GAINESVILLE—Twenty-seven of the state’s most promising agricultural and natural resources leaders have been selected for Class III of the Florida Leadership Program for Agriculture and Natural Resources.
Sponsored and directed by the University of Florida’s Institute of Food and Agricultural Sciences, the program is designed for people in the private sector who are already leaders but aspire to greater leadership roles in the private or public sectors in their communities, at state, national, or even international levels.
Out of 217 nominations, the 27 men and women in Class III were chosen from 17 different counties in Florida. A committee of state leaders selected the class, which reflects the state’s geography and variety of careers within the fields of agriculture, natural resources and related areas. The program begins the last week in February and ends the last week in October 1998.
“We are pleased with the quality of individuals in Class III as they bring diverse backgrounds to the program,” said Eugene Trotter, the program’s director and professor of agricultural leadership development at UF/IFAS. “We are helping them build a broader horizon to draw on for policy decisions in the industry, as well as giving them self-confidence to draw on from local to international levels.”
Members of Class III will attend seminars conducted by government and private business leaders, state and federal agency personnel, and university faculty and staff. Their training emphasizes not only understanding of issues facing agriculture and natural resources, but also focuses on communication skills, interpersonal relations, decision-making and problem-solving.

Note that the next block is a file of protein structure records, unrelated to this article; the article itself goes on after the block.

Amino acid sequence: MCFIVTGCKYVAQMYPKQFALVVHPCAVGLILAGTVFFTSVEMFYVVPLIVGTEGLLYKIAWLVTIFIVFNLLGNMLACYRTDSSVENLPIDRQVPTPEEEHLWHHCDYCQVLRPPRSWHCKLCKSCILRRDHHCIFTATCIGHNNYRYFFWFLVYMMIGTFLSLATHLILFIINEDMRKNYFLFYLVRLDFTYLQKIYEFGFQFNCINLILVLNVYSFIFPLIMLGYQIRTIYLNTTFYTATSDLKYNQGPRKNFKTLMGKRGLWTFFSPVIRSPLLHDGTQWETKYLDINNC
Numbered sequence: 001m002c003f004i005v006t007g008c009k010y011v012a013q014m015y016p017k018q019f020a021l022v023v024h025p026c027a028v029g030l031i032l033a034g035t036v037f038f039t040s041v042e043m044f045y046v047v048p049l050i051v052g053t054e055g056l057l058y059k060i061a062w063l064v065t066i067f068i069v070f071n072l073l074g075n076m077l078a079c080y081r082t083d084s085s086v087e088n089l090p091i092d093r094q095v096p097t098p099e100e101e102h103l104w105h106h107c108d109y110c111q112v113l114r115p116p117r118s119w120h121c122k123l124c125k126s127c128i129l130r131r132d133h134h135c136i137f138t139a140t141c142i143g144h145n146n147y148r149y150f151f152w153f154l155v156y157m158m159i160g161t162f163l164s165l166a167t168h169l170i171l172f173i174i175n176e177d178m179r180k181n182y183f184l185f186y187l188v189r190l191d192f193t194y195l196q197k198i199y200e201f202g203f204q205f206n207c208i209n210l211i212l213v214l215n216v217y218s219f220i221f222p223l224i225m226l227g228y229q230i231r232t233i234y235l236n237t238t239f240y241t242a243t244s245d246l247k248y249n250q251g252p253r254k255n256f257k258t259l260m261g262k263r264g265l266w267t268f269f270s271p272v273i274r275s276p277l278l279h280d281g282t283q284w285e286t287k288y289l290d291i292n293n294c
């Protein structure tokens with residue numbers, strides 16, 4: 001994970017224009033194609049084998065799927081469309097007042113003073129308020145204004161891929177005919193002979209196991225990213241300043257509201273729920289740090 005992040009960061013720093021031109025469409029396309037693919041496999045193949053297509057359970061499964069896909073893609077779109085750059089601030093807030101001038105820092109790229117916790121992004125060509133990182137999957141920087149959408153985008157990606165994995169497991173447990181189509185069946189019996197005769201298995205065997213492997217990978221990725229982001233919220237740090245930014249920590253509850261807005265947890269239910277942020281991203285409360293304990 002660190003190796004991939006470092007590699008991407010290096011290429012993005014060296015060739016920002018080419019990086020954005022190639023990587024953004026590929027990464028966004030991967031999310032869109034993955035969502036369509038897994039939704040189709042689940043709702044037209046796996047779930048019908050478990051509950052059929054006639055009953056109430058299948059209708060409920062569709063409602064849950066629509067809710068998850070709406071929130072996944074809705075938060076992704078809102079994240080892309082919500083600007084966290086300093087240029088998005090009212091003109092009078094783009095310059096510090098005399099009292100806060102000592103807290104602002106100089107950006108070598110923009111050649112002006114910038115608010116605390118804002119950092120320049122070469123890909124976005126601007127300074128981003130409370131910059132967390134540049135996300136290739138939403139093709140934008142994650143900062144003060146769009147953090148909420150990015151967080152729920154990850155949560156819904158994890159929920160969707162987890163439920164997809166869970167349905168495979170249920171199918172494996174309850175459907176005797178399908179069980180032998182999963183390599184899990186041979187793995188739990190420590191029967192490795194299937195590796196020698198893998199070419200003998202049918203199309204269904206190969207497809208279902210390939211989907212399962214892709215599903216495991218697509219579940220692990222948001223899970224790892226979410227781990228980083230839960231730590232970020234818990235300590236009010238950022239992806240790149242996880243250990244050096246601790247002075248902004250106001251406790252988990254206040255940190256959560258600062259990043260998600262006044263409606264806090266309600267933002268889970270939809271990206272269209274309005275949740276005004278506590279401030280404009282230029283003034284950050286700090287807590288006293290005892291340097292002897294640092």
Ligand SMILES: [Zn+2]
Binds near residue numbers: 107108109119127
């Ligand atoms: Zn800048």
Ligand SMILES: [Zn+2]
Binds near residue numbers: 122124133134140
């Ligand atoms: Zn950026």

Modeled after programs in more than 30 states, the Florida program develops young leaders between the ages of 25-45. Through a two-year course of study, seminars and travel, program participants learn the importance of Florida’s agricultural and natural resources within the state, nation and world. The program is designed to give aspiring leaders a broader perspective and range of experience from which to draw upon when they assume decision-making roles in the future.
During the next two years, members of Class III will participate in 11 seminars with topics ranging from issues in Florida’s panhandle area and metropolitan issues to national and international issues. Participants will travel around the state, to Washington, D.C. and to foreign countries during the program.
Class III member Scott Emerson, managing editor of Citrus and Vegetable Magazine, said one reason he wanted to participate in the program was the level of enthusiasm he saw in alumni of the previous two classes. The program also provides opportunities to see how laws and legislation can affect agriculture and to learn how people in different regions of the state and the world view agriculture and natural resources.
“The program gives participants a broader perspective on how the general public views agriculture,” Emerson said. “Hopefully then we can help raise the awareness and sensibilities of the general public about agriculture and natural resources. Sometimes our industry thinks everyone knows we are good land stewards, but then some of the public may think farmers are out to just make money. Through the program, we hope to make a positive difference both within and outside of the agriculture industry.”